Capsular Contracture

Why would someone get a capsular contracture 2-3 years post augmentation with normal mri's?


F, 39, Oklahoma

Tags:capsular contracture distorted breasts malpositioned implants painful breasts uneven breasts

Everyone who gets an implant forms a capsule around the implant.  It's just scar tissue, and it's the body's way of "walling off" the implant.  The vast majority of the capsules that form are Grade I, which means it's soft and you don't even know it's there.  Grade II capsules are firm, but otherwise OK.  Grade III capsules are firm but also distort the breast, and Grade IV capsules are firm, distorted, and painful.  Grades III and IV are considered "capsular contractures" by virtue of the fact that they distort the breast.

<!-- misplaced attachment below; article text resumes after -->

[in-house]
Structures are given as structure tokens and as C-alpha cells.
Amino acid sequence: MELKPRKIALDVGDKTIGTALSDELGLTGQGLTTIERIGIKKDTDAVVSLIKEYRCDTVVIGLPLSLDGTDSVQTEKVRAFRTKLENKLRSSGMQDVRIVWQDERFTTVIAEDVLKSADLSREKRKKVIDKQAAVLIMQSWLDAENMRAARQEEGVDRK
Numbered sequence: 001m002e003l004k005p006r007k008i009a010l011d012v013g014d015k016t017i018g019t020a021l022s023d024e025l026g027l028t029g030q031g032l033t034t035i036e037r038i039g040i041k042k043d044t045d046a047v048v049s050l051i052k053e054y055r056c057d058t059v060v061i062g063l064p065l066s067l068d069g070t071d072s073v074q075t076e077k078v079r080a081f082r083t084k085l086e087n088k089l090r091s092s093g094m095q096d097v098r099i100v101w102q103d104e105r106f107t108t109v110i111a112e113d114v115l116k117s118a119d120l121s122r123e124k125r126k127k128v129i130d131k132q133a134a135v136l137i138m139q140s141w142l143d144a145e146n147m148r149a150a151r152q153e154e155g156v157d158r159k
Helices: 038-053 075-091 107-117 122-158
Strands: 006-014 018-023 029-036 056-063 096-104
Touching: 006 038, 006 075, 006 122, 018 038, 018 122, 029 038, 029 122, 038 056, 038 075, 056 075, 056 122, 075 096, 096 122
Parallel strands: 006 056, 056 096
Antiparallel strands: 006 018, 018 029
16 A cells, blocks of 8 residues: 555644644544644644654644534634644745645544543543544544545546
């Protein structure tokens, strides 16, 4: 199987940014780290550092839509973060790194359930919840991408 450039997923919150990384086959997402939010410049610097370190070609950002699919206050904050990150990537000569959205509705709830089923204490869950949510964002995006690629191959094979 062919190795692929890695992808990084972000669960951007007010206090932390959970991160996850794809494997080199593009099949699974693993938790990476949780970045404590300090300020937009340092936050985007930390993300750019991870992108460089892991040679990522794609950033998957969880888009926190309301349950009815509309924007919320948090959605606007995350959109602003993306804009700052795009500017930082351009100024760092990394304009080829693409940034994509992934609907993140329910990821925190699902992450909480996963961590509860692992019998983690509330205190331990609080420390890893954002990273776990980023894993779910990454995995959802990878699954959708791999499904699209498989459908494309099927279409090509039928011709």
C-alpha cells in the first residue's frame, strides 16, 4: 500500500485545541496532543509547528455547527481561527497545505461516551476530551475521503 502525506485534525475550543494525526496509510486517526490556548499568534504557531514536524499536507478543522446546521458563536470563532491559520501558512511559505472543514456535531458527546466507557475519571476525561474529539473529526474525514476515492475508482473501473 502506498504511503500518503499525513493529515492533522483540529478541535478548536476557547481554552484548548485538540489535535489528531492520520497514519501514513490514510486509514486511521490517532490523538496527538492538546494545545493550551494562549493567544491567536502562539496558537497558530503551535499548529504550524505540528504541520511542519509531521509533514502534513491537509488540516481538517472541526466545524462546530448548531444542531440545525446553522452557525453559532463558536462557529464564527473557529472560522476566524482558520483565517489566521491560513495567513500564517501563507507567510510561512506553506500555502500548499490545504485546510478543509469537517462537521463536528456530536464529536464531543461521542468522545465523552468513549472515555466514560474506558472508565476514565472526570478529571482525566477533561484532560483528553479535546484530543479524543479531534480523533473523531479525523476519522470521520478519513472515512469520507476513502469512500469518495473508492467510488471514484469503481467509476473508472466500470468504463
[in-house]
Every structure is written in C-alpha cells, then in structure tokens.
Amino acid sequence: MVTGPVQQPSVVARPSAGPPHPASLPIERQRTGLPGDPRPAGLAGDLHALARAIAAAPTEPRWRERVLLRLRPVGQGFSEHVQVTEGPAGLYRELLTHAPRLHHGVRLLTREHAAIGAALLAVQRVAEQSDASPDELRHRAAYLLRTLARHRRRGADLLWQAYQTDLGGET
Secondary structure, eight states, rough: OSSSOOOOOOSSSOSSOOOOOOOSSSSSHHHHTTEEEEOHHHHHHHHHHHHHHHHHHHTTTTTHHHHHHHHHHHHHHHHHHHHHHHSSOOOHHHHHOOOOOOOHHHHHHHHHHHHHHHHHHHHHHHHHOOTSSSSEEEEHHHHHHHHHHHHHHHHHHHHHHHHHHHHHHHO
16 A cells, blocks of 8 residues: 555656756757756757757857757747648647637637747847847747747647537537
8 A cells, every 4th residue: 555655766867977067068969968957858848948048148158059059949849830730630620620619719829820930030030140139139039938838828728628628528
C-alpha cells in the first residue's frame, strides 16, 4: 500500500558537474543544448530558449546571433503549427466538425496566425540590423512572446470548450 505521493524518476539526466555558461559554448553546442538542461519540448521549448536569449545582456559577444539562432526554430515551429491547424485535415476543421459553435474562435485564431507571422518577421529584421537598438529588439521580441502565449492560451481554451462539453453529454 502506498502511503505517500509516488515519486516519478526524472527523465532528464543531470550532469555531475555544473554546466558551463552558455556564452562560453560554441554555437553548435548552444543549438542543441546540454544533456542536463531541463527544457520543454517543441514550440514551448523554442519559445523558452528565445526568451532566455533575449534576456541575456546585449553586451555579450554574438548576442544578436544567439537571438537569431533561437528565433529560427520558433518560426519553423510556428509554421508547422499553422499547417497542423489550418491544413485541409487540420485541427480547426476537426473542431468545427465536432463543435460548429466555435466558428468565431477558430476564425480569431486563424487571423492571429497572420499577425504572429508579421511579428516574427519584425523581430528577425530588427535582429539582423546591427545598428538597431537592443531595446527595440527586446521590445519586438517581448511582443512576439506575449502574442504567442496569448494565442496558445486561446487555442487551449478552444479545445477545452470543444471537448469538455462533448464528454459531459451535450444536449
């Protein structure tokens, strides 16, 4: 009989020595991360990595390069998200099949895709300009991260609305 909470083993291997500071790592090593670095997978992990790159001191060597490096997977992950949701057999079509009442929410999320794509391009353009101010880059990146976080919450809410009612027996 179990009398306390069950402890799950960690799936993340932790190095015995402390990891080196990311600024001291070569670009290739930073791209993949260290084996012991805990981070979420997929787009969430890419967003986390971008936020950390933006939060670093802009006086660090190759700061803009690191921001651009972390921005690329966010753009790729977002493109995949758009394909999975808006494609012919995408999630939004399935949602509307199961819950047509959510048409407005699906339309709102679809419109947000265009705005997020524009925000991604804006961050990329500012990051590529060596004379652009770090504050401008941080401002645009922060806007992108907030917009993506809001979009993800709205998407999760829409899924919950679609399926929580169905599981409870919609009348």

The MRI's only show the integrity of the implant - meaning, if it's ruptured or not.  And while you can definitely get a capsular contracture from a rupture (as the body is trying to wall off the ruptured material), that is not the only cause.  Low levels of bacterial contamination can cause an inflammatory response that is not enough to cause a full blown infection per se, but enough to cause a reactive response which results in a contracture.  Similarly, low levels of blood or fluid - either immediately postoperatively, or after a tear in the capsule years later by straining - can lead to a capsular contracture.  Muscle strain from overexertion can cause a contracture as well.  Often times, we don't know the reason for why a capsular contracture results.  These are called "idiopathic", and may occur for the same reason that some people just scar worse than others - they just  have a predisposition to it happening.